4. Chicago White Sox – 2B Nick Madrigal – Oregon State University
The selection. The celebration. The call.
Welcome to Chicago, Nick Madrigal! https://t.co/u8H8PTiLi2
— Chicago White Sox (@whitesox) June 5, 2018
Many scouts seem to believe that the 5’8″, 160 lbs. Madrigal is the best player in college baseball, as well as the best pure hitter available in the draft in terms of bat control. With guys like Jose Altuve and Mookie Betts – 5’6″ and 5’9″ respectively – taking the big leagues by storm, a smaller build is no longer a deal breaker for MLB scouts. The White Sox showed this ideological shift in the minds of MLB executives by selecting Nick Madrigal with the fourth overall pick. They expect his intangibles to be the X-factor when it comes to how fast they expect him to move through the farm system. Madrigal’s small but powerful swing eerily resembles a young Dustin Pedroia. That mixed with his already masterful skills at second base should be more than enough to propel him right into the top of a Major League lineup in no time.
5. Cincinnati Reds – 3B Jonathan India – University of Florida
— Cincinnati Reds (@Reds) June 4, 2018
A year ago Jonathan India was a virtual nobody and probably would’ve been a later round pick in the draft at best, but after breaking out in a big way this spring at the University of Florida he has clearly realized his full potential. India and just about everyone else has quickly noticed just how massive that potential actually is, and the Reds were the ones who finally gave into the temptation. The only legitimate competition for Nick Madrigal in terms of being college baseball’s most complete ballplayer was this young man, as through 54 games this spring he slashed .365/.506/.730. Jonathan India has basically turned himself into a much bigger, much more powerful Nick Madrigal, so it makes sense why the Reds couldn’t help themselves here at No. 5. Just in case that’s not enough, his über athleticism and arm strength on defense should allow the Reds to spread him all over the infield. These are all aspects of India’s game that are becoming clear after his first genuinely successful collegiate campaign, so imagine how much more a Major League farm system will be able to milk out of him over the next few seasons. As long as this kid doesn’t completely forget how to play baseball, we should see him near the top of MLB’s top prospect rankings in no time.
6. New York Mets – OF Jarred Kelenic – Waukesha West HS (Wisconsin)
— New York Mets (@Mets) June 5, 2018
FINALLY. The first high schooler off the board in the 2018 MLB Draft is Jarred Kelenic out of Wisconsin’s Waukesha West High School. For at least the last couple of years I’ve always been fascinated at watching these baby-faced teenagers’ lives change completely in a matter of seconds. When I was 18 the only thing I was worried about was how many 20-minute power naps I could possibly fit into my daily schedule, while these kids are currently worried about how many zeroes their signing bonuses will have in them. The 18-year old Kelenic surely looks his age, as the baby-faced outfielder comes into the draft at 6’1″, 196 lbs. Obviously after a few years developing his strength through the Mets Minor League ranks, the kid should be able to live up to the hype that comes with being drafted No. 6 overall. Jarred has registered an overall grade of 55 on the 20-80 scouting scale, which labels him as an above-average talent. His strengths lie with his plus bat (Hit Grade: 60) and his well above average throwing arm (Arm Grade: 60). His power is regarded as a work in progress, but like I mentioned before that’s almost exclusively because of his premature build at only 18 years of age. The young outfielder will most likely become an everyday right fielder at some point, with his stellar arm being the attribute he’s most known for on defense. While Kelenic is officially committed to the University of Louisville, he’s made it clear that skipping college ball is something he will seriously think about. As the No. 6 overall pick, there’s not much room for improvement in terms of his draft stock, so it’s hard for me to imagine him not signing on in Queens.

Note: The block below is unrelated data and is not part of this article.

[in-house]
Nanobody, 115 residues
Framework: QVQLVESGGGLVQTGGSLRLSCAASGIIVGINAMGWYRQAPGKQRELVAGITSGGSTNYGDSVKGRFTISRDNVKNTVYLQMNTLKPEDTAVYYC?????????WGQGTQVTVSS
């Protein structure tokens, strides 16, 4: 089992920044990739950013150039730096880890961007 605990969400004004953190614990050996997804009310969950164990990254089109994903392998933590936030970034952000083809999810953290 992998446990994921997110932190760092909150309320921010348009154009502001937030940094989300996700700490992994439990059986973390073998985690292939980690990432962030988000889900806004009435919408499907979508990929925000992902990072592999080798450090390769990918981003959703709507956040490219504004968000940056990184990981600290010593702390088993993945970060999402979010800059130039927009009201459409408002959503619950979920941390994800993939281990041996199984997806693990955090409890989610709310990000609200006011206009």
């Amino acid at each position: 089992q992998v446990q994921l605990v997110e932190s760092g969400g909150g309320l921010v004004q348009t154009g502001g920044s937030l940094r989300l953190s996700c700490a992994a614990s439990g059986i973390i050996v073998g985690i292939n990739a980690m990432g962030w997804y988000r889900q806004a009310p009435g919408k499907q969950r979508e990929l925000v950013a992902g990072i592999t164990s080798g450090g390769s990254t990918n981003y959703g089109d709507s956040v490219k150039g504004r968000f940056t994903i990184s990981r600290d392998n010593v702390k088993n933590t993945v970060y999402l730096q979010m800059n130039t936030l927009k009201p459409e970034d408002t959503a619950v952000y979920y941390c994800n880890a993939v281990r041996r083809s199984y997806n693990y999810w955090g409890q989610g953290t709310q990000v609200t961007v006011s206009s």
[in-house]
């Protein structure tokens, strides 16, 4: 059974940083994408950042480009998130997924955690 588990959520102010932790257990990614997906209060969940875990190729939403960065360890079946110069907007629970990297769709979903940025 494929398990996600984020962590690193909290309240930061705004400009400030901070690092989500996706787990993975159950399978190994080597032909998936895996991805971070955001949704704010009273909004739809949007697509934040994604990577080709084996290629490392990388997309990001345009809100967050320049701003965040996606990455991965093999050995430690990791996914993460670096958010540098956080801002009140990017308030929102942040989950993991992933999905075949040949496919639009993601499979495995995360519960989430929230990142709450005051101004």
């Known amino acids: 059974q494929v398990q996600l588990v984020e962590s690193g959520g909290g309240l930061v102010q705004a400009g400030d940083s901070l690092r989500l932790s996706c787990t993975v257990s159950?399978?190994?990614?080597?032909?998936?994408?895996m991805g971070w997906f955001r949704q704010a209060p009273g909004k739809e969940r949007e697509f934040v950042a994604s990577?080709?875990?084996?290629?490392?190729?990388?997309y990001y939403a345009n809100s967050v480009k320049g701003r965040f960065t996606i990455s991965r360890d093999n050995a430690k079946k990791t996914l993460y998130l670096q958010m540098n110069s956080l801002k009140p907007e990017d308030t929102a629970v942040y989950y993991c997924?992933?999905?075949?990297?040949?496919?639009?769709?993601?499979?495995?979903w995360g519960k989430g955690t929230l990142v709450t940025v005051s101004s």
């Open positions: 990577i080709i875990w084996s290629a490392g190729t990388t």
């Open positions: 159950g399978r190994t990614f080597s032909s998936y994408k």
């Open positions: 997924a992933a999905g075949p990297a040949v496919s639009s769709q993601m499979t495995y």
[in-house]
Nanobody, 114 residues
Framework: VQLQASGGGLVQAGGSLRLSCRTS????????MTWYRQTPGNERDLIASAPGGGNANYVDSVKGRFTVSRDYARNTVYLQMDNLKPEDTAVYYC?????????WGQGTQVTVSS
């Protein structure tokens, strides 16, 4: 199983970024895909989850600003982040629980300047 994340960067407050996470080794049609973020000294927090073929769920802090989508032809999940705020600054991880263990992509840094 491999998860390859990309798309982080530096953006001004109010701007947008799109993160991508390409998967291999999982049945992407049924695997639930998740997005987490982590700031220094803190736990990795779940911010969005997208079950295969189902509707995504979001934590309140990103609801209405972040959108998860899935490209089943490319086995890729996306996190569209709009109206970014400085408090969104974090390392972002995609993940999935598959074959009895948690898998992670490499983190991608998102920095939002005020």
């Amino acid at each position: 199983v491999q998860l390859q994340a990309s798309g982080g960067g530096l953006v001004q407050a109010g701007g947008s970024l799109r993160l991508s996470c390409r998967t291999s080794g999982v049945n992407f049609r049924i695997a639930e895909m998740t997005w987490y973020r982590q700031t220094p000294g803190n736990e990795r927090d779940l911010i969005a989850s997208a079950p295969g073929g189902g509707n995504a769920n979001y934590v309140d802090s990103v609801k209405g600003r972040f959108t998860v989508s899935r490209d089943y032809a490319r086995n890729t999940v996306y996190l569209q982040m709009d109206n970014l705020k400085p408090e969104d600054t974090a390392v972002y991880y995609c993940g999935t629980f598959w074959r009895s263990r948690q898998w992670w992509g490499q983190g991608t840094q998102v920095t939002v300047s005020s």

7. San Diego Padres – LHP Ryan Weathers – Loretto HS (Tennessee)
— San Diego Padres (@Padres) June 5, 2018
Obviously drafted as a pitcher, Ryan Weathers is actually a force to be reckoned with at the plate as well. In fact, if he decides to pass up on this professional opportunity with the Padres he would be heading to Vanderbilt University as a two-way player. Regardless of whether or not he decides to head to Nashville, Weathers’ professional career inevitably lies with his abilities on the bump. Right now, the young left-hander has three plus pitches in his fastball, curveball, and changeup. I would assume that the Padres prefer he develop the fourth grip while he continues to develop in their system. Unless Ryan eventually ends up in the bullpen, you just simply don’t see many successful starting pitchers these days who only have three pitches in their repertoire. Other than that what’s not to love about the kid. There’s no denying he’s a HORSE on the mound as he registered a 0.12 ERA through 58.1 innings on the mound for his high school this season. Yes, I know it’s high school, but I can honestly say I’ve never seen an ERA that close to zilch at ANY level. Look for this kid to resemble a young CC Sabathia or Jon Lester when he eventually catches his big break